I’ve been thinking a lot about communication and code quality over the past couple of years. It’s nothing new of course, I’m not the only one, but I believe that most of ways we address it start with a wrong perspective, and a wrong focal point.

(this is a heavily edited and expanded text version of my lightning talk at PyCon PL 2019)

Disclaimer: I don’t claim to know how to write good code. I’m drawing from my ~30 years of experience writing bad one.

There is plenty of advice on how to write good code. The Zen of Python, the DRY/Once and Only Once, a whole bunch of software metrics, random advice like particular naming schemes and attempts at consistency. Most of those are very procedural. Which is understandable, they are mostly created by techies for techies, procedures is what we do for a living and what we tend to expect.

But these are bad rules. Because, really, they are not rules at all. They are guidelines. Tools.

They are more like guidelines

Writing code is a lot like writing prose. You have one extra restriction (it has to be executable, and perform some task as it runs), but other than that you get a similar level of flexibility, complexity, and the same problem: how to convey your goals, ideas, and reasoning to other people. Yes, people.

If you focus on tools instead of communication, just like with prose you will get a result that is correct, to some definition of correct. So, congrats! But it might not be the definition you really want.

You are technically correct

We need to start from a different direction, with a different focus, and that focus should be empathy.

To be more specific: empathy for the maintainer.

Who, with high probability, might also be you.

After a long break from the project.

On a tight deadline.

Because you have a fire on production and everyone else on the team is also involved with some aspect of that fire, so you go into the code and what happens is:

I have no memory of this place

If you already know this exact scenario: good, it’s a blessing in disguise. It’s a rare chance to see your own code with completely fresh eyes; it’s some of the best, most humbling feedback you can get.

(and if you don’t, don’t worry! it’s all ahead of you)

Let’s approach the problem from a different direction. Here is the situation:

you the maintainer

There are you now, and there is the maintainer in the future. Who, again, might be an older you, but not necessarily.

The two you communicate via the source code:

you ↓ [your code] ↓ the maintainer

Assume this is the only means of communication. It’s uni-directional: you will not get immediate feedback on whether what you sent along the wire is sufficient to understand you. So put yourself in the position of the person who will receive that communication and ask some questions:

  1. How understandable is it? Are there any unnecessarily tricky parts? What can you simplify? Again, assume a fresh look by someone who does not know the full history of the project.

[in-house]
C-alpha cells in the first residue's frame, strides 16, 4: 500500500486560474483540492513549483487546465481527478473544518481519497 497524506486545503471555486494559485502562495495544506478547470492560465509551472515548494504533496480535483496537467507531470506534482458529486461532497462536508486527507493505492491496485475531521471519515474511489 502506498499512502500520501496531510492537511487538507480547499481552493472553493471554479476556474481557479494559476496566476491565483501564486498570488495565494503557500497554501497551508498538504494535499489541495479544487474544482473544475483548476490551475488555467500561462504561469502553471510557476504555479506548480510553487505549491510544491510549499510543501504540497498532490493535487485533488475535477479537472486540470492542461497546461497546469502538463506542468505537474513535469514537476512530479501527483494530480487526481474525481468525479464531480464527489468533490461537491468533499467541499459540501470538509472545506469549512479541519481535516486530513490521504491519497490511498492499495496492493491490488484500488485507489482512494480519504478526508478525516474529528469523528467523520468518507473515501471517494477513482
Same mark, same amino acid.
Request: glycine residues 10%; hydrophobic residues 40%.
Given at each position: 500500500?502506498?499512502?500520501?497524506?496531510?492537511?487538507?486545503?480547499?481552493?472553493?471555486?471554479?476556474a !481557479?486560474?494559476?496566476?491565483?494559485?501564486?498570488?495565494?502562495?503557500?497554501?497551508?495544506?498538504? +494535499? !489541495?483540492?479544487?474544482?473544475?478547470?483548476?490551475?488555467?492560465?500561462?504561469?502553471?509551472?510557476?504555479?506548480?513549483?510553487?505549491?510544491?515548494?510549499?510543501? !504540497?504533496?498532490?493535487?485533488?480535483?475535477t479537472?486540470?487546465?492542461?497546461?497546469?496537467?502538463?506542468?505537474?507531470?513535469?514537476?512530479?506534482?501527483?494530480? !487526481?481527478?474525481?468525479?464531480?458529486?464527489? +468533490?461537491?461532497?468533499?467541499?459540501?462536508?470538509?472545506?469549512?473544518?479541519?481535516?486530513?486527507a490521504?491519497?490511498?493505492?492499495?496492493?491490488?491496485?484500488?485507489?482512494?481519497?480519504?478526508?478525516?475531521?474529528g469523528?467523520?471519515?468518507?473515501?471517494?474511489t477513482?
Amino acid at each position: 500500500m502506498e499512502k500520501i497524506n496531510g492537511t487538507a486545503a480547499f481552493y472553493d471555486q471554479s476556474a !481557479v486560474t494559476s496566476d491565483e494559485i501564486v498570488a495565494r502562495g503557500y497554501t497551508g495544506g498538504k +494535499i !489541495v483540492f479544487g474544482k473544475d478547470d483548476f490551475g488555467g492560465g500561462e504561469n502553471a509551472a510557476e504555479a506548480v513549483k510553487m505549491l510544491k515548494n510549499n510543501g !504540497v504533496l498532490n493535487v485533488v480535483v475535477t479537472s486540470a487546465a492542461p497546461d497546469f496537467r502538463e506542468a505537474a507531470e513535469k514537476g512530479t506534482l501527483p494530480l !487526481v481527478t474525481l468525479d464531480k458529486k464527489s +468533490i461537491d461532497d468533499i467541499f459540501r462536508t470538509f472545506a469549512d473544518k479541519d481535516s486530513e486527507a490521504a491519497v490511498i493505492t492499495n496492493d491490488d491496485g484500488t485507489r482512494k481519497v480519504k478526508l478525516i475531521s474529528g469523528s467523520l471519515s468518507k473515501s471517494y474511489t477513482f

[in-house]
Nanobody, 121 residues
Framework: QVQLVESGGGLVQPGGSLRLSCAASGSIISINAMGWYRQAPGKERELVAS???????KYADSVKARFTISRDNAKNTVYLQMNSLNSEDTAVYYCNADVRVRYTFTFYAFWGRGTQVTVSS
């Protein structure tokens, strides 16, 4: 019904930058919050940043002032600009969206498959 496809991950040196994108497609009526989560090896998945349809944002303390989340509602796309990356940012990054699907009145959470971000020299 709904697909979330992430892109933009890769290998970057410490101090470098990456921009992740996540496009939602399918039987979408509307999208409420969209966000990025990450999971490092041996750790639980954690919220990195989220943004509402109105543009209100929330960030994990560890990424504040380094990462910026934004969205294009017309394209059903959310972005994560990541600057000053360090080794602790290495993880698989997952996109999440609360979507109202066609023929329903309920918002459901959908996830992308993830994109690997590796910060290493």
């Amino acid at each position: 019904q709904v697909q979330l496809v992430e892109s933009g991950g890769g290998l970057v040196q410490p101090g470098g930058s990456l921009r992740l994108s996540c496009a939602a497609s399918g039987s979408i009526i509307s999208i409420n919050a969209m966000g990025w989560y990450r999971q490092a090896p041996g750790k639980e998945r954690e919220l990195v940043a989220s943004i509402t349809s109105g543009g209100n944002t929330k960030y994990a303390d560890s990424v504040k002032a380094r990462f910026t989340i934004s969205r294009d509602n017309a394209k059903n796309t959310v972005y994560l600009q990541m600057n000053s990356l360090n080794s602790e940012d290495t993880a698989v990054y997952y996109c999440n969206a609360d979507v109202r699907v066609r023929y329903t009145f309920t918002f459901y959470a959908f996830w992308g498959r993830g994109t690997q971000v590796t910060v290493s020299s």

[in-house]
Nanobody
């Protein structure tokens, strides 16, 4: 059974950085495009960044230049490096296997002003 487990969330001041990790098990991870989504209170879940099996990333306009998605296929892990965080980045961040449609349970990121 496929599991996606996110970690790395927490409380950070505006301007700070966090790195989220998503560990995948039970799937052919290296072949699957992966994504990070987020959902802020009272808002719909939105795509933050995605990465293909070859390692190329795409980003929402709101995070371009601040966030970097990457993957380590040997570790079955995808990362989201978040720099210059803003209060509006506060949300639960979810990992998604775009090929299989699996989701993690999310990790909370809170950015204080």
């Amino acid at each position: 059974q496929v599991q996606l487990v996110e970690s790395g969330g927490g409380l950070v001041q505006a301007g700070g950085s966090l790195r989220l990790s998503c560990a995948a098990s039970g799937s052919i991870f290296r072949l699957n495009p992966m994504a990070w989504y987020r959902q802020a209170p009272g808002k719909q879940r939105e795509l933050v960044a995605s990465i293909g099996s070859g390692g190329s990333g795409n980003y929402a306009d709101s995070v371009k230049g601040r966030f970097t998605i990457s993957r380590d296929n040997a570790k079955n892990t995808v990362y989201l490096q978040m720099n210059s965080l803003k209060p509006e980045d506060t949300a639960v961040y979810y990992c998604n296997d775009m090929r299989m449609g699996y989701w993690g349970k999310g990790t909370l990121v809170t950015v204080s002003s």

2. How much of other code do they have to read? If your file or function a cohesive part of the larger whole, readable on its own? Is the control flow visible and readable? How much of the surrounding package, library, or project do they have to read to make sense of it?
  3. What can you assume they already know? The language, the framework[s], the libraries you used, and the project this file is part of, all create their own conventions and vocabulary; the deeper in this hierarchy, the less you can rely on it.
  4. Most importantly: how can you help them understand it? If you have any experience working as a developer, you already know how it feels to stare at someone else’s code, trying to make sense of it. What do you remember from situations like that? What would have helped you? (you might want to answer “documentation” or “comments”; neither is a good main resource for understanding code, so focus on the code itself)

And then, with those questions in mind, take a look at the tools at your disposal:

  1. conventions: not all conventions are of equal value; look for the ones that are widely shared, for example: if your code does something similar to things that are in standard library, use a similar interface, so that people can recognise it,
  2. vocabulary: variables are nouns, functions and methods are verbs, use them to explain what’s going on,
  3. control flow: if the reader can analyse code from top to bottom, following the control flow and choosing parts to read more closely, it will be easier for them than if they have to jump between multiple unrelated files to piece together the top-level behavior,

and all the other tools mentioned at the beginning of this text. Use them as a catalogue of ideas to address the questions. Things to try out and use where you notice they help.

Don’t stop when your code starts doing what you want it to do. Make it work first, but then keep editing it to make it readable. Take a break, return to the code after a while and see if you can edit it some more.

You may think you have no time for it, and are in the hurry to deliver functionality; in most cases that is not true. If you work on a real-life project, in a team larger than a single person, you have no time not to do it. Whatever you save here you and your team will repay in the future, with interest, when trying to maintain the code.

Empathise with the maintainer. It will make you a better programmer.

See also: My main code quality guideline